I always find that when bleeding the fluid that comes out, along with any air, also has lots of almost microscopic air bubbles in suspension. I wouldn't want to feed that back into the master cylinder.

Glad it's sorted Colin. I had similar issues and like you, finally resolved by a new Powertrack supplied NOS Lockheed master cylinder, a Rimmer Bros supplied Taiwanese slave cylinder and a new 3" slave cylinder pushrod, which had been in the spares box for a while. It took a day or two usage to shake out those microscopic air bubbles still present after a couple of bleedings.
Can recommend the vacuum type bleeders for ease of use and speed especially with a remote bleeder.
Jeremy MkIII

As it happens I just had a roughly similar issue. Master cylinder suddenly leaked badly. I did the usual repair job, but could not get the clutch to disengage. About 0.5L of fluid went through the system and no more air was coming out. I lost my temper and pumped the pedal vigorously about 20 times. After that the damn thing worked. I think the problem is that new seals are a bit sticky at first and the spring behind the piston can't return it quickly enough, so next time you press the pedal it's in the wrong position. I can actually hear the brake piston slowly returning while bleeding.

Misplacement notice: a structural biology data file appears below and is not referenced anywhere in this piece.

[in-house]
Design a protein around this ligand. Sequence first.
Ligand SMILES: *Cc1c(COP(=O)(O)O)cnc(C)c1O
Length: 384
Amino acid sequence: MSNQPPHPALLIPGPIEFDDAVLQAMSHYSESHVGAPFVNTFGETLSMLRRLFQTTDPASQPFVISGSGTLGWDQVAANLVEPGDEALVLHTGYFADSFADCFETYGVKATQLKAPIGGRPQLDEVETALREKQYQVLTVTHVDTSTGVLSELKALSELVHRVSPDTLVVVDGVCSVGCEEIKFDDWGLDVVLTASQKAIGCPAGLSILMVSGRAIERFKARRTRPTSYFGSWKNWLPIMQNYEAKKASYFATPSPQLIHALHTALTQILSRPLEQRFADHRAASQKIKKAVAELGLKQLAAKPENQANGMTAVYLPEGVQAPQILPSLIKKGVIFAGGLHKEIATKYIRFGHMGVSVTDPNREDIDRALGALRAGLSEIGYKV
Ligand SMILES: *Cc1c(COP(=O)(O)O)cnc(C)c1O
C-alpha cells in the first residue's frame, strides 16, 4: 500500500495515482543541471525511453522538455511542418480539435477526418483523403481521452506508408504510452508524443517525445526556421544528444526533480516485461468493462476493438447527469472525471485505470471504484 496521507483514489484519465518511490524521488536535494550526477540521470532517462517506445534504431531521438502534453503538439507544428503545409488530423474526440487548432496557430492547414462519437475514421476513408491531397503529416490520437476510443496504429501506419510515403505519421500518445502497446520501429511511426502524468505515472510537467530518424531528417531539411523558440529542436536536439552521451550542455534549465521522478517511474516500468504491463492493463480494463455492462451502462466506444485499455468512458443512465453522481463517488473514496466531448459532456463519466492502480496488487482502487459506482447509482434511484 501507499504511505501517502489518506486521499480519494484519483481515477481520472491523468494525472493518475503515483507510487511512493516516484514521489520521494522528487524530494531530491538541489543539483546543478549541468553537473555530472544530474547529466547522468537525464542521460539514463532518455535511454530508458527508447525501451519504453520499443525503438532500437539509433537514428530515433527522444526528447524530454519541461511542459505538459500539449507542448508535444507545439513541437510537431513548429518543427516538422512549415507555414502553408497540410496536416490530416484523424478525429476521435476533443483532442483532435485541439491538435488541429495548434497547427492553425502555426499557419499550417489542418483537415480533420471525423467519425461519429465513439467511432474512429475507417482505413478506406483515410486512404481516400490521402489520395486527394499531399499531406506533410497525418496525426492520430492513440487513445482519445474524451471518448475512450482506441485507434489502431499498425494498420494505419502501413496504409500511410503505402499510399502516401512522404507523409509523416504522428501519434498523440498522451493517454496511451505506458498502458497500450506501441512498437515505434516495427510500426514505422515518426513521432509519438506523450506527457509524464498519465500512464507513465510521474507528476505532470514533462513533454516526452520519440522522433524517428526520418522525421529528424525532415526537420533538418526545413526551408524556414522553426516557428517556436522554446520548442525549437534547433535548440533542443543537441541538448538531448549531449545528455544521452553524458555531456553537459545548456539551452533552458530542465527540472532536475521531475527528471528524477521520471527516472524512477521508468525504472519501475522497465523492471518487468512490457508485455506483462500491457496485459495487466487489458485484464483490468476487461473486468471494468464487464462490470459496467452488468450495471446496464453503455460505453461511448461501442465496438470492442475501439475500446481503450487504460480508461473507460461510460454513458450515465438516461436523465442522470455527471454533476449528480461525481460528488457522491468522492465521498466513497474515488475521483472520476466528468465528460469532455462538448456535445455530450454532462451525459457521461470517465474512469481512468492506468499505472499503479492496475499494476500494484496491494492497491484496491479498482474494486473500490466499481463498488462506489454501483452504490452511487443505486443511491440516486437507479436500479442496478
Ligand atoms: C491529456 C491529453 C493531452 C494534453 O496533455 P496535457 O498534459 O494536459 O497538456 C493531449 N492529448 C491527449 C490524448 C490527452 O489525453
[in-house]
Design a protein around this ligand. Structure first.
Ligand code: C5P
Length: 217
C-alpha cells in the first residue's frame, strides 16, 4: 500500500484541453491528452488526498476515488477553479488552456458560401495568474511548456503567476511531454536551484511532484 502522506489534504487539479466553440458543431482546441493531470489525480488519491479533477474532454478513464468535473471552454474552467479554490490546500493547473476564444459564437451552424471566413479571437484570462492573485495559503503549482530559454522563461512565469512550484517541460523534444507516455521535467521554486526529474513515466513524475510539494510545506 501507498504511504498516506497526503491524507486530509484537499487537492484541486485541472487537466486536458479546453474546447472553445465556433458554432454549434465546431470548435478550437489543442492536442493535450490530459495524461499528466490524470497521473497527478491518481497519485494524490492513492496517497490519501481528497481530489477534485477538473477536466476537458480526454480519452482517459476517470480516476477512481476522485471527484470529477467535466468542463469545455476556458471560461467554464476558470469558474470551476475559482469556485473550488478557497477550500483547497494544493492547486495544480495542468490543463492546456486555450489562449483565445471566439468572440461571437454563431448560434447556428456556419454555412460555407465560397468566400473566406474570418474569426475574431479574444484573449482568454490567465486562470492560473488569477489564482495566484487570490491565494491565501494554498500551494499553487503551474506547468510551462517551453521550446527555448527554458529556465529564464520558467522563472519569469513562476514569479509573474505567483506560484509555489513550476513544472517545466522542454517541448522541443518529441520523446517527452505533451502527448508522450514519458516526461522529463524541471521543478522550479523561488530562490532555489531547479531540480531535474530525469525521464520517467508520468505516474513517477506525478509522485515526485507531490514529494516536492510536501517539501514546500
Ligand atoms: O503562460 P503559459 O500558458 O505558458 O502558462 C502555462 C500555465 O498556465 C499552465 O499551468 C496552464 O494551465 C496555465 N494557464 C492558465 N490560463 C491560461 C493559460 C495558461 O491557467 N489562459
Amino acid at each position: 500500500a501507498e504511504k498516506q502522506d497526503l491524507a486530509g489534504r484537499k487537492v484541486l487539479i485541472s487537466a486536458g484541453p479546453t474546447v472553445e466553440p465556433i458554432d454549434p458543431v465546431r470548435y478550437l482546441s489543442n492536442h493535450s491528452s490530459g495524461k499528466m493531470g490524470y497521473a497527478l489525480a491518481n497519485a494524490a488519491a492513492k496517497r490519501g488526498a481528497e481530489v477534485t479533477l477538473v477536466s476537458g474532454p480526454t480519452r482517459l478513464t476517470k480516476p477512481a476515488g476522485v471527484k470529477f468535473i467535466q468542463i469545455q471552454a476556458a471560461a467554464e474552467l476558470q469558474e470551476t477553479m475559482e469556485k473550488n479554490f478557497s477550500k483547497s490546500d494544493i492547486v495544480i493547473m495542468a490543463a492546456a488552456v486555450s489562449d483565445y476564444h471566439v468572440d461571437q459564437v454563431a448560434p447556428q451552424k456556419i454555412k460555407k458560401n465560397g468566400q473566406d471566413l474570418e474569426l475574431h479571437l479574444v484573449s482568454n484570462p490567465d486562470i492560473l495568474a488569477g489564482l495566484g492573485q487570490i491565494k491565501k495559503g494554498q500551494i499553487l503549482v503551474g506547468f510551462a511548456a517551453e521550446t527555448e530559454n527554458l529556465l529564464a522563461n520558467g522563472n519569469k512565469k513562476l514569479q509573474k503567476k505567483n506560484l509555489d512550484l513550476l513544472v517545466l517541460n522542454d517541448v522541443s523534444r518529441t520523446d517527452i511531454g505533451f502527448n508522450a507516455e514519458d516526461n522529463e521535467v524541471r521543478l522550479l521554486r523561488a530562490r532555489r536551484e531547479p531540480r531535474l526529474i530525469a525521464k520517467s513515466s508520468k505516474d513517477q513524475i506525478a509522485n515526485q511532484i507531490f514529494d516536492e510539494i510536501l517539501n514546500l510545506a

L B Rose

This thread was discussed between 12/04/2021 and 09/05/2021